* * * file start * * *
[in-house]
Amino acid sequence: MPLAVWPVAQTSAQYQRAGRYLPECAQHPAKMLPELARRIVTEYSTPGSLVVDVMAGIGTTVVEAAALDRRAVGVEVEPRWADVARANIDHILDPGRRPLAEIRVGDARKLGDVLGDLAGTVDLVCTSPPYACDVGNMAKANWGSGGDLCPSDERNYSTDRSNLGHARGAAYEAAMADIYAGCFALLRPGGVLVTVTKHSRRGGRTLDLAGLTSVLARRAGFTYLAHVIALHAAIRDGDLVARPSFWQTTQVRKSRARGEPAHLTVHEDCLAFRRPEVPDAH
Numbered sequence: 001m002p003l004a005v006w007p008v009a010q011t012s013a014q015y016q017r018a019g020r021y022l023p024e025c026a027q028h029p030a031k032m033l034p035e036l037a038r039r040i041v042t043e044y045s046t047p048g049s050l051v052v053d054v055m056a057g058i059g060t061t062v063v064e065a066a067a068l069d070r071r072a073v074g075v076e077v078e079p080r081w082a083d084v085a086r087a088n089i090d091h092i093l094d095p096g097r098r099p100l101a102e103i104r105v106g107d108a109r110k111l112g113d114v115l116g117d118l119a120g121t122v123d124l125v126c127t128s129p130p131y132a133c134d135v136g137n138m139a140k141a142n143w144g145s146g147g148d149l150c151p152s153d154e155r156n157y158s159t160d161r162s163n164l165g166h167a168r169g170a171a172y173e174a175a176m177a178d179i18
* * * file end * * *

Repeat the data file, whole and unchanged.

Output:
[in-house]
Amino acid sequence: MPLAVWPVAQTSAQYQRAGRYLPECAQHPAKMLPELARRIVTEYSTPGSLVVDVMAGIGTTVVEAAALDRRAVGVEVEPRWADVARANIDHILDPGRRPLAEIRVGDARKLGDVLGDLAGTVDLVCTSPPYACDVGNMAKANWGSGGDLCPSDERNYSTDRSNLGHARGAAYEAAMADIYAGCFALLRPGGVLVTVTKHSRRGGRTLDLAGLTSVLARRAGFTYLAHVIALHAAIRDGDLVARPSFWQTTQVRKSRARGEPAHLTVHEDCLAFRRPEVPDAH
Numbered sequence: 001m002p003l004a005v006w007p008v009a010q011t012s013a014q015y016q017r018a019g020r021y022l023p024e025c026a027q028h029p030a031k032m033l034p035e036l037a038r039r040i041v042t043e044y045s046t047p048g049s050l051v052v053d054v055m056a057g058i059g060t061t062v063v064e065a066a067a068l069d070r071r072a073v074g075v076e077v078e079p080r081w082a083d084v085a086r087a088n089i090d091h092i093l094d095p096g097r098r099p100l101a102e103i104r105v106g107d108a109r110k111l112g113d114v115l116g117d118l119a120g121t122v123d124l125v126c127t128s129p130p131y132a133c134d135v136g137n138m139a140k141a142n143w144g145s146g147g148d149l150c151p152s153d154e155r156n157y158s159t160d161r162s163n164l165g166h167a168r169g170a171a172y173e174a175a176m177a178d179i18